Judging by the vehemence with which the US scolds its neighbors, we are apt to think it must be exemplary in the management of its own household affairs. That is not always true.
China Central Television (CCTV) reported on Tuesday that during the past weekend, within 36 hours, 10 people were killed and more than 30 wounded in more than 20 shootings in Chicago, Illinois.
Professor Leonard Cavise from DePaul University College of Law, in an interview with CCTV, blames “guns, drugs and poverty” as the three major reasons.
“If you arrest a young man on a street corner for selling drugs, put him in jail the next day and then you go back to that street corner, you will see 10 other young people waiting to take his job selling drugs, because there is nothing else to be had,” the professor said.
As the author claims, the growing inequality of opportunity is turning America into a deeply stratified, class-bound society and the deification of free market capitalism and the influence of money in politics threaten to undermine American democracy.
Hodgson’s greatest contribution to the political discussion may be his examination of this time period from so many angles, exposing myths and misconceptions about each facet of society, especially the much-ballyhooed prosperity of the 1990s.
He points to the need of empowering democratic government to address challenges at home and abroad.
As the author still has faith in the American political system, he is optimistic about the future of America.
The trouble with American political system is that it does not produce policy makers who are interested in the future.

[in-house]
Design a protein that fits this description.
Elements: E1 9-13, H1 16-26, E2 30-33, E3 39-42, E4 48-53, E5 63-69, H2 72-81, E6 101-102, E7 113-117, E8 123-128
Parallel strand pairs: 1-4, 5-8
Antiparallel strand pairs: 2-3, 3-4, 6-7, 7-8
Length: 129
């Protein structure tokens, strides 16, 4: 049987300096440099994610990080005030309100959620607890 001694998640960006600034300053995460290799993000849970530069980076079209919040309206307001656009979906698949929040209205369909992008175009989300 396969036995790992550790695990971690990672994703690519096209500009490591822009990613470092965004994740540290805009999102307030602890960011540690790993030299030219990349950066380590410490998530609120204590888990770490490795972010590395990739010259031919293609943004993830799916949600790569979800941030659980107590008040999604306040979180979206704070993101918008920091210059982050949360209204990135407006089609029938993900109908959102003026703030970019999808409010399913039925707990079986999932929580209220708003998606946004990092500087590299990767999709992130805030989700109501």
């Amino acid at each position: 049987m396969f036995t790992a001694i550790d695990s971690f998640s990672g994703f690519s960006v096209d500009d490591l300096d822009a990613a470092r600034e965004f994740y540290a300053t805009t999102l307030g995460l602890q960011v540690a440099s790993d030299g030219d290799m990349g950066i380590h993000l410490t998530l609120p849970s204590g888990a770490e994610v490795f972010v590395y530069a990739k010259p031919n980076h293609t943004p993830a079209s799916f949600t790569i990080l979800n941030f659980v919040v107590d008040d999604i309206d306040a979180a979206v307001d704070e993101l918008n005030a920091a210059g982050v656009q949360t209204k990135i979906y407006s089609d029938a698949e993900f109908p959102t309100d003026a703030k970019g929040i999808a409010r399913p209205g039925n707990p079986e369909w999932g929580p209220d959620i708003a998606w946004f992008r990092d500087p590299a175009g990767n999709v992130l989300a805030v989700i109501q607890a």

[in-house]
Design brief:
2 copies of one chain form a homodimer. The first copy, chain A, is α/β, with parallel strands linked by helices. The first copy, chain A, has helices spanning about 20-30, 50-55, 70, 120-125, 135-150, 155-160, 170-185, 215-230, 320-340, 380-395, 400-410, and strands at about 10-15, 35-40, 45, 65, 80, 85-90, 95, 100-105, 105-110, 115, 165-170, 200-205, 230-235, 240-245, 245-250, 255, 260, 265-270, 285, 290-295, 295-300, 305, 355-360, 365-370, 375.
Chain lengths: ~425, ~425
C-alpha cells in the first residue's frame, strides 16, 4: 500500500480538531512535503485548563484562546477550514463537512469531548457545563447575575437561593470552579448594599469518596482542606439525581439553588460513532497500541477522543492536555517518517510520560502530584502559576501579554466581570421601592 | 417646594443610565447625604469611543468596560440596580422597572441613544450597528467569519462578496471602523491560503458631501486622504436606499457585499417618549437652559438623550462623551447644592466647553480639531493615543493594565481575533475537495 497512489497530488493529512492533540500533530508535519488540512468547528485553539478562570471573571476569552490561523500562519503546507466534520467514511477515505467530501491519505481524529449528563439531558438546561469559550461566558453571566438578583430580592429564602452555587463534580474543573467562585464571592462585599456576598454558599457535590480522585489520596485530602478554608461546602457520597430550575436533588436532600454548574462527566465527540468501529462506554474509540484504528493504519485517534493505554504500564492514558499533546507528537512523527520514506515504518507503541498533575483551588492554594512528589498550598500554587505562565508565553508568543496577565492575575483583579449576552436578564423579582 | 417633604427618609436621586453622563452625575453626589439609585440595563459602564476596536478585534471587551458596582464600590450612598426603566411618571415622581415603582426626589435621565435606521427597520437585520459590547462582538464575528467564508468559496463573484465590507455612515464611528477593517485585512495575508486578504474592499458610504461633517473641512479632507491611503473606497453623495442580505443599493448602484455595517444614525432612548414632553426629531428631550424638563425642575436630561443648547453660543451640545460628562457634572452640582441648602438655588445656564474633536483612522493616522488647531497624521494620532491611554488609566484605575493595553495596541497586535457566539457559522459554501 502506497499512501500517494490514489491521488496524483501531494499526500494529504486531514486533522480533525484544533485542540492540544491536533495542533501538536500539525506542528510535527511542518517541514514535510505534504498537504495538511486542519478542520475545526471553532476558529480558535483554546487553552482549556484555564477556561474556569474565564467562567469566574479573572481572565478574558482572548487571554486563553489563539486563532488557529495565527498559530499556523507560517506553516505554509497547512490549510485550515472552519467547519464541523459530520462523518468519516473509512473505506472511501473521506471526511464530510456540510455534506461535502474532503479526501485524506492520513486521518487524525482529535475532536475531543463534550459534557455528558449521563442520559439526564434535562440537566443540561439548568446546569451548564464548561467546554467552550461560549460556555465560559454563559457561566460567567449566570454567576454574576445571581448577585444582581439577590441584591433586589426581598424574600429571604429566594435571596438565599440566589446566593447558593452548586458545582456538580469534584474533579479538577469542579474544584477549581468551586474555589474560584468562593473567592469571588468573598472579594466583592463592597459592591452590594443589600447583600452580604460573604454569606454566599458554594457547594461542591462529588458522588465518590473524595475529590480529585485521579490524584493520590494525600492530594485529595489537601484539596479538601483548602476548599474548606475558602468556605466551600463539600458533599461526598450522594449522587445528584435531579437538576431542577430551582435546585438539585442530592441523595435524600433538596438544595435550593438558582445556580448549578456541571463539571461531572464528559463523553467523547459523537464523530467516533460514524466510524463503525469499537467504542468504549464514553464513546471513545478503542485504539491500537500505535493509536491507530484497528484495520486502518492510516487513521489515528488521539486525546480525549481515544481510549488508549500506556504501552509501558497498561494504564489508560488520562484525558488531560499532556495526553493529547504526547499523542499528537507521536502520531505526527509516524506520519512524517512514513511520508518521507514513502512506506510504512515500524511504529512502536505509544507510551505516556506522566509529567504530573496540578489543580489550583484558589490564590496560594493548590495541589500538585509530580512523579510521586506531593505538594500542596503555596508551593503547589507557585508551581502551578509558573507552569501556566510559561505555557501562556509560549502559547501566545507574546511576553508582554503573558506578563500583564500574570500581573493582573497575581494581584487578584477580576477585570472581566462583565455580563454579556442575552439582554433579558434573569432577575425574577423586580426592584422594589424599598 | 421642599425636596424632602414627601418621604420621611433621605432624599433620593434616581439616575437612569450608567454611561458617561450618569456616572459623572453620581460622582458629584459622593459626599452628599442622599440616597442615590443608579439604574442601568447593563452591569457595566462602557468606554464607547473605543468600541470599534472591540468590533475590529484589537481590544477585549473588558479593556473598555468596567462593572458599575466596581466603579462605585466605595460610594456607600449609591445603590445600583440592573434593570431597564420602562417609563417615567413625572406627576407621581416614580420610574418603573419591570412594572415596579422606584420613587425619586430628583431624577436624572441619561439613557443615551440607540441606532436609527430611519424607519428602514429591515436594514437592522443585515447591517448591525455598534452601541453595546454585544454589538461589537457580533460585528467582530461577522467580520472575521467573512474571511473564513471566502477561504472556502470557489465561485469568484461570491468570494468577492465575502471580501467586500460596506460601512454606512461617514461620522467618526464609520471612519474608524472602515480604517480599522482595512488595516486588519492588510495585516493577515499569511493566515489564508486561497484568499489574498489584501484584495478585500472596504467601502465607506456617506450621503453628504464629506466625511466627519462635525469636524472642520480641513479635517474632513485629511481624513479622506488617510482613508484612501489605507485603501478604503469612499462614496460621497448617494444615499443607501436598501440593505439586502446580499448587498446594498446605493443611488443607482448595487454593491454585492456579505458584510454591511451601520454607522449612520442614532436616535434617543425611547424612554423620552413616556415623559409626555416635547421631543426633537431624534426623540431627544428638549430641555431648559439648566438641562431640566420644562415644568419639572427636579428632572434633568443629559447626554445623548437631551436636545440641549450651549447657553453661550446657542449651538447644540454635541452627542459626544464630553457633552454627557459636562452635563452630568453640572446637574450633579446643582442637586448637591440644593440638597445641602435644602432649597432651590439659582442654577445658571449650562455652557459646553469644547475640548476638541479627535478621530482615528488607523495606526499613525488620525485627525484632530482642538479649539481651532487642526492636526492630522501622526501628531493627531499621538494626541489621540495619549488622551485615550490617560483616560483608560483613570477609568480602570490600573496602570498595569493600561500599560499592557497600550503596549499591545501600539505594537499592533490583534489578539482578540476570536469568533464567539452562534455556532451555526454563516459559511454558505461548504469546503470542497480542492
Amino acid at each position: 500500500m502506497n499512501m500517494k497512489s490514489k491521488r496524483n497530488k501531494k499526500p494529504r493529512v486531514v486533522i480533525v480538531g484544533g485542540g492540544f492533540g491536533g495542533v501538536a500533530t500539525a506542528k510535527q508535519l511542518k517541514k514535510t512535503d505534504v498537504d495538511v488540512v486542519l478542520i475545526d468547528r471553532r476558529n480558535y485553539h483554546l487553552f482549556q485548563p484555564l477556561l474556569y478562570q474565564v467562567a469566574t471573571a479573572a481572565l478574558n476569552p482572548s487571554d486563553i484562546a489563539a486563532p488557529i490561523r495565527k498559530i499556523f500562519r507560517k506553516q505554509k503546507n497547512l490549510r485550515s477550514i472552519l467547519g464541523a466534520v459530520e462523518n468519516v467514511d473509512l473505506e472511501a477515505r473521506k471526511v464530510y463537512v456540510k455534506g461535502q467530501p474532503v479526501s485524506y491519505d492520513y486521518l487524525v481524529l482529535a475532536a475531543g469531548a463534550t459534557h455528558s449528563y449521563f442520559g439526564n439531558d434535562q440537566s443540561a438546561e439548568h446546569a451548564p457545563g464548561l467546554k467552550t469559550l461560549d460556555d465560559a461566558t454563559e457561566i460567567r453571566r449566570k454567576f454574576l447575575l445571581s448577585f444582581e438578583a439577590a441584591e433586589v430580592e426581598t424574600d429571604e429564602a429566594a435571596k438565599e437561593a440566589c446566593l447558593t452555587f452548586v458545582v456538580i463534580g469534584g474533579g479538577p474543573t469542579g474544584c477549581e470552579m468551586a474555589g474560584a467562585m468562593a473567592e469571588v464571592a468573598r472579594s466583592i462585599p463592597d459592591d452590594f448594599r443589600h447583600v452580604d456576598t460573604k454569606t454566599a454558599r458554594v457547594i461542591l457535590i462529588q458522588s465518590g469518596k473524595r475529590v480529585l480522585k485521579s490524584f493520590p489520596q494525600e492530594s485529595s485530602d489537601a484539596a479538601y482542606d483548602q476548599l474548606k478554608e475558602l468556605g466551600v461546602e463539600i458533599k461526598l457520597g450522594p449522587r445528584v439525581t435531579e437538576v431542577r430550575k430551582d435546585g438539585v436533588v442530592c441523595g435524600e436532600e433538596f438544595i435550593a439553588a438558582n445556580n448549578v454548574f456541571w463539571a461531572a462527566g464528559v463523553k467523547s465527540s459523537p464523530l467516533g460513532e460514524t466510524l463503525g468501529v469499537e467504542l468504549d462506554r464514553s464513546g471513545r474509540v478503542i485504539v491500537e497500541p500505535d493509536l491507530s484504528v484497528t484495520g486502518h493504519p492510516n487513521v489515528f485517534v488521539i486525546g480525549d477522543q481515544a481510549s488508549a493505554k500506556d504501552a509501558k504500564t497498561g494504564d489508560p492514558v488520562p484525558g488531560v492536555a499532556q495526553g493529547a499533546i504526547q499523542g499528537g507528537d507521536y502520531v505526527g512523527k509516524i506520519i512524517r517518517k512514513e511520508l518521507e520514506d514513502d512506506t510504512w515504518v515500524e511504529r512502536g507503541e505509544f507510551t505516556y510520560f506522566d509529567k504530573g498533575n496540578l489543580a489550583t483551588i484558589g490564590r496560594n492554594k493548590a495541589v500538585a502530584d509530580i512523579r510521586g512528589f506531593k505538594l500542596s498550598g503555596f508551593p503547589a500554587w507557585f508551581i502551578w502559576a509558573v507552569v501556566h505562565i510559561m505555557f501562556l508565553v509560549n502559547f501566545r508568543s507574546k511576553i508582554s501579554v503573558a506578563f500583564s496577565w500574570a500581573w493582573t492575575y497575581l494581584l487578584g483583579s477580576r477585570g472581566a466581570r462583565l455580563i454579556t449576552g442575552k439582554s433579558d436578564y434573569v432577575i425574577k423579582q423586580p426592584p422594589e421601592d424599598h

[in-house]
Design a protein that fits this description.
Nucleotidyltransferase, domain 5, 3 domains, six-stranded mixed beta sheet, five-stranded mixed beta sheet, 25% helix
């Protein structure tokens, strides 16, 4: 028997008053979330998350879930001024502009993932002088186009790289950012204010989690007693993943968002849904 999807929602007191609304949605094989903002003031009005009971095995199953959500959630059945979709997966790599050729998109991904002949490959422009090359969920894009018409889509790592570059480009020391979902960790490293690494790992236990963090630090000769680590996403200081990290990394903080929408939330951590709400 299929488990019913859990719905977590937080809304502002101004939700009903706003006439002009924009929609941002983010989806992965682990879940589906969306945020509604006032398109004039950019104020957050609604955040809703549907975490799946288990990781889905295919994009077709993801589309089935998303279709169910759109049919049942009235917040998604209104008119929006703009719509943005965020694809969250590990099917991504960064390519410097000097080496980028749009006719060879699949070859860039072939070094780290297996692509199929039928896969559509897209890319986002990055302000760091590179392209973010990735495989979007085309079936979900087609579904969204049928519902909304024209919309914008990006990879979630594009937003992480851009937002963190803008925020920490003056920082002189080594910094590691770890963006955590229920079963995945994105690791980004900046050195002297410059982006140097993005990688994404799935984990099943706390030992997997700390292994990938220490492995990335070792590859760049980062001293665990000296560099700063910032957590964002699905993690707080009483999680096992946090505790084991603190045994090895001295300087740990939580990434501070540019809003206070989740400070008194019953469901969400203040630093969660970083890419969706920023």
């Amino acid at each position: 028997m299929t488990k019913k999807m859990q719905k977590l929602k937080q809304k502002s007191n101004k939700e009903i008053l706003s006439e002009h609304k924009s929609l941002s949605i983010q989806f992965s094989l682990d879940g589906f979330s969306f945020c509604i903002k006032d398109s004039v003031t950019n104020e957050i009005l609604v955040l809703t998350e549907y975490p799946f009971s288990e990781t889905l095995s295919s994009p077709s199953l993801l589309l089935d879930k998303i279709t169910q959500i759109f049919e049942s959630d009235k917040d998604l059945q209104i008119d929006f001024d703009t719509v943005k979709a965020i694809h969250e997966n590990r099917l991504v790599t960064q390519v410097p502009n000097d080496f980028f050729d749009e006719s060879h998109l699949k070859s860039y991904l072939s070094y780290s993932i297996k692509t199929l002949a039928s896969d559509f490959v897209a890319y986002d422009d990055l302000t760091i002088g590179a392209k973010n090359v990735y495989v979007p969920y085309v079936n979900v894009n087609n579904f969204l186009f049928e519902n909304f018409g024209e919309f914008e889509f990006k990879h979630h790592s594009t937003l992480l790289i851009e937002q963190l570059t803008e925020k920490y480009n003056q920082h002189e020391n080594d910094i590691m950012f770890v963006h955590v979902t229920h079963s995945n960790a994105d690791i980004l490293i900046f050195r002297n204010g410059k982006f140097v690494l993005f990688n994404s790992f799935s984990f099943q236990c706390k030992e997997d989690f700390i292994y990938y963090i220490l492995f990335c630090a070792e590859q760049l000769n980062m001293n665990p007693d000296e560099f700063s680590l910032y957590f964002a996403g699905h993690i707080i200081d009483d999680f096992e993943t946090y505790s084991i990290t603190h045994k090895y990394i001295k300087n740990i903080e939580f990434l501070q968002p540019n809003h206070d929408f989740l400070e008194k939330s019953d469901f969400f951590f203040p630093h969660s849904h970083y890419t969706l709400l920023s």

The politicians are interested in the current term of office, while the voters are interested in their standard of living, abortion and gay rights. The melting glaciers and diminishing rain forests are no one’s concerns.
Americans have an institution nominally ruled by the numbers, but essentially ruled by money. As money and influence tend to stay within the clan, when deprived of its fine trappings, the American political alternation of generations is barely different from dynastic changes, and much more expensive.
As the author observes, in the money game money goes not to those who need help most but to well-heeled and well-represented constituents. At this juncture, democracy and inequality are mutually reinforcing.
The thinking few have deep-seated contempt for this money game, but their voices invariably get drowned in the cacophony of the multitudes clamoring for more.
The only option left them is to escape practical politics and avoid public life.
Aristotle once frankly expressed his distaste for the democratic form of government and his lack of belief in the sovereign abilities of the common people.
But Hodgson is more optimistic.
He wonders whether the US will return to entrepreneurial capitalism, outliving its worship of free-market capitalism; and will US citizens turn back to the older American ideal and strive to share their bounty in a society built on equal opportunity and equal protection under the law?
Wen Lixin, http://www.shanghaidaily.com